By this time, his parents had been transferred to the British embassy in Japan, so Duke was enrolled in an American high school in Tokyo. "It was rather like being sent from Auschwitz to the Seychelles," he remembers gleefully. "But I didn't last there either. I spent all my time in the Kabuki, which went on all day." To this day, he remains a devout fan of the traditional Japanese theater and admits the astonishing range of its performers may have played a part in his decision to undertake a dozen roles at once in "Jeeves Takes Charge." That and "ego, I suppose."
It was composer Andrew Lloyd Webber, however, who rescued the show from that dingy pub, outfitted it with spanking sets and launched it into the big time. Webber had just had a flop with a musical called "Jeeves," and Duke suspects he may have been trying "to vindicate himself by producing me in the West End. At any rate, I'm enormously grateful to him and all that. He's a total businessman. A bit distracted, you might say. But I like him a lot actually. Poor man gets pilloried in the British press all the time because of his success. But that's Britain for you. We are not a gracious nation.
"Oh, I know we have this veneer of respectability. But we've started a lot of wars and we're actually rather bloodthirsty. Look at our soccer riots, which are nothing to be proud of. And Yobbos! Do you know that word? They're louts, who run around Saturday night, threatening you with broken bottles and getting sick all over you. Everything in England has been brought down to a mean average. No one's allowed to be too rich or too poor. Everything's sort of the same, you know. Democratic! Success is not permitted. Whenever I go back, it's 'So we've been off in America earning dollars, have we? I suppose we'll be taking taxis next,' or, 'None of your la-dee-dah ways around here.' What I miss is the conversation at dinner parties. We're rather good at that. But that's all I miss."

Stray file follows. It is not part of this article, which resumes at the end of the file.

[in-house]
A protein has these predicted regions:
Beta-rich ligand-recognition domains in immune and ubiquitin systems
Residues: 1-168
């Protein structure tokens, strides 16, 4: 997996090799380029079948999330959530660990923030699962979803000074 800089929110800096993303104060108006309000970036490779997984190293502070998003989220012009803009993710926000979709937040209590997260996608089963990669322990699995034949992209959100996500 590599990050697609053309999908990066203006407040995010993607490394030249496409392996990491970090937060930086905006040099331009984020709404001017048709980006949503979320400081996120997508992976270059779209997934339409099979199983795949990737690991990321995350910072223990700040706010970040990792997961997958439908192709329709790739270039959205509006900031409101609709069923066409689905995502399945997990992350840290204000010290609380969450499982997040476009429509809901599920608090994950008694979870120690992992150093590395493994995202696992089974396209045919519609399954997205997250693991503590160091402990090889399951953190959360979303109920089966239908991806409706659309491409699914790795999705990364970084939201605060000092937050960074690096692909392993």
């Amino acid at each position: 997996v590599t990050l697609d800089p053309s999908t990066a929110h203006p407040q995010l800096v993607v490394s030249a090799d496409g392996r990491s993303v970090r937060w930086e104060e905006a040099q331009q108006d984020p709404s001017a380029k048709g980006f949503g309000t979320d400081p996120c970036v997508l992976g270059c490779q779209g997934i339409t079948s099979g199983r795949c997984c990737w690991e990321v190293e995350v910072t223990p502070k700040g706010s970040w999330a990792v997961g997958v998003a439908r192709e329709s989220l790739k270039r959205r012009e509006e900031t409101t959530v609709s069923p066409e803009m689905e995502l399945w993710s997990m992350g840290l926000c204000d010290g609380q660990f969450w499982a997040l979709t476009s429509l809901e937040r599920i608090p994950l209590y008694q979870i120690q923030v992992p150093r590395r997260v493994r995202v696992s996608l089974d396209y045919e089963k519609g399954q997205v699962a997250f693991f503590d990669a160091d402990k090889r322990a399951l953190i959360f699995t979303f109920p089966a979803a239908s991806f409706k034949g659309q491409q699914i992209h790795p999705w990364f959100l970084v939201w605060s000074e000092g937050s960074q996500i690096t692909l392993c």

The Wodehouse estate, Duke notes, has been "terribly nice" about his show. Wodehouse's widow, eager to wipe out the memory of the musical "Jeeves," waived all royalties, figuring -- rightly, as it happened -- that wherever Duke performed, sales of Wodehouse's books would go up. She also bestowed upon the actor her late husband's clock and his bow tie, which Bertie Wooster wears faithfully every night at the top of the second act.
"Before she died, she came to see the show," says Duke. "We had a standing ovation of one that night."
Between bookings, the actor has landed himself bit parts in a couple of movies, and a few larger roles on the stage. But none has won him the attention of "Jeeves Takes Charge" -- certainly not the musical "Peg," which was based on "Peg of My Heart" and turned into "this incredible piece of rubbish, which didn't make any sense"; or "Why Not Stay for Breakfast," which he describes as "an awful trousers-down farce, sort of like the play in 'Noises Off,' but worse." Next month, however, he's set to play Elyot in "Private Lives" in a small regional theater on the West Coast, and who knows what Randy, the television agent, or his peers may yet come up with?
And if the casting agents don't come around this time, Duke has another idea in the back of his head. "Noel Coward," he says. "Now that will be the great one-man show of the century. What would be really interesting would be to do the glittering Coward in the first act, then the failed, postwar Coward in the second act. Because he was a failure, critically. And also he was rather sad, which would be useful. I've written the Coward estate about it. They answer my letters with a 'Maybe, but we're not sure if you're the right actor for it.' But I sort of am. I could be. As much as anyone else."
Duke is daydreaming again.